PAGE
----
In light of Parkinson’s Awareness Month 2019, our Court of Protection solicitors look at how deputyship can help alleviate some of the more…
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What is the Court of Protection (‘COP’)?
Can I make an emergency application to the Court of Protection?
Who can be a deputy?
How much does it cost to apply to the Court of Protection?
What are the duties of a deputy?
What decisions can a deputy make?
What do I do if I suspect someone is misusing my relative’s money?
My relative has lost mental capacity. Can they still make a Will or set up a Lasting Power of Attorney?
Who decides whether someone has lost capacity?
What is a Statutory Will?
What is an advance decision?
My relative lacks capacity and I’m worried about their care. What can I do?
What is a Deprivation of Liberty (‘DOLS’)?
The Court of Protection (COP) is a specialist court set up to deal with the property and affairs, or the health and welfare, of people who have lost mental capacity. Loss of capacity may be caused by an illness, such as dementia, learning difficulties or because of a serious injury.
The COP can make decisions for those that have lost capacity or appoint a deputy to make decisions for them.
Yes, an emergency application to the Court of Protection is possible. However the emergency process differs from a standard application, so speak to our COP solicitors in Bristol.
We’ll help you complete the right forms so they’re dealt with quickly by the court.
Deputies can be family members or friends. If the assets to be managed are large or complex, or if a major package of care needs to be commissions, some families choose a solicitor to act as a professional deputy.
The costs of making a deputyship application and the court fee can usually be recovered from the assets of the person the order concerns. Legal aid is available in limited cases, or we offer a fixed fee package so you’ll know the cost of your legal advice from the start.
Our specialist deputy solicitors will be happy to discuss your options and provide a no-obligation quote of our Court of Protection and deputyship fees. Contact us on 0117 963 6202 or complete our online enquiry form.
The role of deputy carries a huge amount of responsibility. As a deputy it’s imperative that you act in the best interests of the person who has lost capacity.
You can only make decisions as authorised by the court and these decisions can only be taken if the person you’re acting for can’t do so themselves. Where possible, you need to involve them in your decision-making.
If you’d like to speak to someone about appointing a deputy, or your role as an appointed deputy, call our Court of Protection solicitors on 0117 963 6202 .
The deputy’s authority will be outlined in the court order. In the property and affairs cases, the deputy can buy or sell property, take control of bank accounts and pay bills.
In health and welfare cases the deputy can make decisions of where the person should live and what type of care they’ll receive. They can also authorise medical treatment.
If you person you suspect is a deputy or has Lasting Power of Attorney, the Office of the Public Guardian must be informed. They’re responsible for the supervision of deputies and attorneys.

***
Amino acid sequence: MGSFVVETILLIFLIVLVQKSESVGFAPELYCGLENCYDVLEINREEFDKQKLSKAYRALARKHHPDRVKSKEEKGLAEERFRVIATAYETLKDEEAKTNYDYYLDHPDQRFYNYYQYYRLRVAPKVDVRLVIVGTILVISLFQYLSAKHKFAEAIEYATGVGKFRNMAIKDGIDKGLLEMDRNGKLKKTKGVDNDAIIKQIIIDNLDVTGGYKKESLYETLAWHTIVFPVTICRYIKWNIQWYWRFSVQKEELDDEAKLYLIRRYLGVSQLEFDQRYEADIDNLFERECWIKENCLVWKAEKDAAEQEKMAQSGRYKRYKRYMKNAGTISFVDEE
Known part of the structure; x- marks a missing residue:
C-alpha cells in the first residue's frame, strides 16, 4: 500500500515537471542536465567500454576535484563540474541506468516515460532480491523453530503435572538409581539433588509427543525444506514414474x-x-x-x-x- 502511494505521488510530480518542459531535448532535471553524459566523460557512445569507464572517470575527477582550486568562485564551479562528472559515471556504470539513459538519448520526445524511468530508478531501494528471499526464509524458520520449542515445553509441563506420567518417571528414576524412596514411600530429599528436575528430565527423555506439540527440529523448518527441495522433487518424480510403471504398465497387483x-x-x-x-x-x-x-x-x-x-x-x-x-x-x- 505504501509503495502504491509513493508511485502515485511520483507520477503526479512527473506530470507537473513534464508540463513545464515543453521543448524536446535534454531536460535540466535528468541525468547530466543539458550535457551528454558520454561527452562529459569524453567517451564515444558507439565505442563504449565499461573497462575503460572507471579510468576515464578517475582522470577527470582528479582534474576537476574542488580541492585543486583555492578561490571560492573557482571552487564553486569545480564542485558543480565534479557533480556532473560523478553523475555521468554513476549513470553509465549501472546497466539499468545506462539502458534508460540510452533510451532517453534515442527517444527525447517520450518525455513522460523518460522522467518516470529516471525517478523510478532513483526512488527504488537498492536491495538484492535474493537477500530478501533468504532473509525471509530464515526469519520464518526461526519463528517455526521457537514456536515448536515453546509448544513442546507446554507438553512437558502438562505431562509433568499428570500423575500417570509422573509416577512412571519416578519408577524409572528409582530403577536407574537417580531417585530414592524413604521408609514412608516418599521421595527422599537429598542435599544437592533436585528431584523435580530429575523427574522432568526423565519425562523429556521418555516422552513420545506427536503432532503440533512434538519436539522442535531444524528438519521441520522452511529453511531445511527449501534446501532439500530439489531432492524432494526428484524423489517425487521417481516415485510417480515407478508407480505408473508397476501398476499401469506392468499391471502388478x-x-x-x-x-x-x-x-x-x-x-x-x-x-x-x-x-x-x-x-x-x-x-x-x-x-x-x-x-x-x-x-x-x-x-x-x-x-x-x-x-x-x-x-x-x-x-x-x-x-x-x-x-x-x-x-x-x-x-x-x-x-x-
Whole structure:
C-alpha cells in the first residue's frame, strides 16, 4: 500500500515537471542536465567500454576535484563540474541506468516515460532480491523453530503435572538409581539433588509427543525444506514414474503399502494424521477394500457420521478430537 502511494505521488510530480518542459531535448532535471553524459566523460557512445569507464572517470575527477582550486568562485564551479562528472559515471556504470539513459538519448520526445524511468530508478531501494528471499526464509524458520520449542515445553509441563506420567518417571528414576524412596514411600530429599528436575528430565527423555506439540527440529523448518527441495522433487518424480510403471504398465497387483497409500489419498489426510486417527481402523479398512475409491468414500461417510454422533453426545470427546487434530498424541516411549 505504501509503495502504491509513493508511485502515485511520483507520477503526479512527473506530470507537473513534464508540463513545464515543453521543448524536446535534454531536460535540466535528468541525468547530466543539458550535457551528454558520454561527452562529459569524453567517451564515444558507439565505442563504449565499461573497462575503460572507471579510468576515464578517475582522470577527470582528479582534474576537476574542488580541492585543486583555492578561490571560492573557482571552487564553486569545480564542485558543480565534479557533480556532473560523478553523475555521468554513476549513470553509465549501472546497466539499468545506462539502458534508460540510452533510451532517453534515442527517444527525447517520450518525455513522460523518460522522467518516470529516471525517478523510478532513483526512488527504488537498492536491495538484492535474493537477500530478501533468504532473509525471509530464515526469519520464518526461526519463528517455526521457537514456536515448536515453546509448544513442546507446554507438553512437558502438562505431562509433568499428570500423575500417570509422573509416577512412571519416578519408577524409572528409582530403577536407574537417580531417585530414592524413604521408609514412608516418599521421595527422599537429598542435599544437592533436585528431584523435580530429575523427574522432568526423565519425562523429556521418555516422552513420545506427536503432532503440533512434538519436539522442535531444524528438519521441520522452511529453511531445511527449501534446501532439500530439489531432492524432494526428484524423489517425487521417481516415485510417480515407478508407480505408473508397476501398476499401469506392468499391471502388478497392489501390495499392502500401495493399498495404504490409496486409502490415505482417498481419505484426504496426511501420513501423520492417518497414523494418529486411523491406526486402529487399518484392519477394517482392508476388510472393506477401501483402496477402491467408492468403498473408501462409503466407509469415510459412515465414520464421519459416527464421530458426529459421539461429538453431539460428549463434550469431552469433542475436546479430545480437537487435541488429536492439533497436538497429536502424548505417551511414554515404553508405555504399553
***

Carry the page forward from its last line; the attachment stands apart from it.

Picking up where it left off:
If the deputy or attorney isn’t acting in the best interests of the person they’re responsible for, you can apply to the Court of Protection to replace them. We have experience of this situation so contact our specialist deputy lawyers for advice.
Sadly not. In this situation the only option is for you to apply to the Court of Protection – they can appoint a deputy and can also consider whether to make a statutory Will for your relative.
The Court of Protection makes this decision based upon evidence supplied by professionals. This may include doctors, psychologists or other mental health professionals.
A Statutory Will is a Will made by the Court of Protection for someone who has lost mental capacity. The COP will do this if the person cannot make a Will themselves.
An ‘advance decision’ is made by a person about the type of treatment they want, often at the end of their life. To make this decision, you must have mental capacity. If executed correctly, it’s binding on medical professionals and will ensure that your wishes about your end of life care are respected.
This is a specialist area of law which requires professional advice. If you’re considering making an advanced decision, speak to our experienced Will solicitors in Bristol for guidance.
Decisions by medical and social care professionals can be challenged, often without the need to go to court. If this isn’t possible you can apply to the Court of Protection to make a decision about what is best for the relative.
Sometimes a package of care or the arrangements for care can impose such restrictions on a person’s freedom that it can amount to them losing their liberty. This can arise in hospitals, care homes and – sometimes – even in a person’s own home. In these situations the authority is required to comply with the Deprivation of Liberty Safeguards, often referred to as ‘DOLS’.
The Court of Protection can decide to vary the arrangements for care or sanction the deprivation of liberty depending upon what it thinks is in the person’s best interests.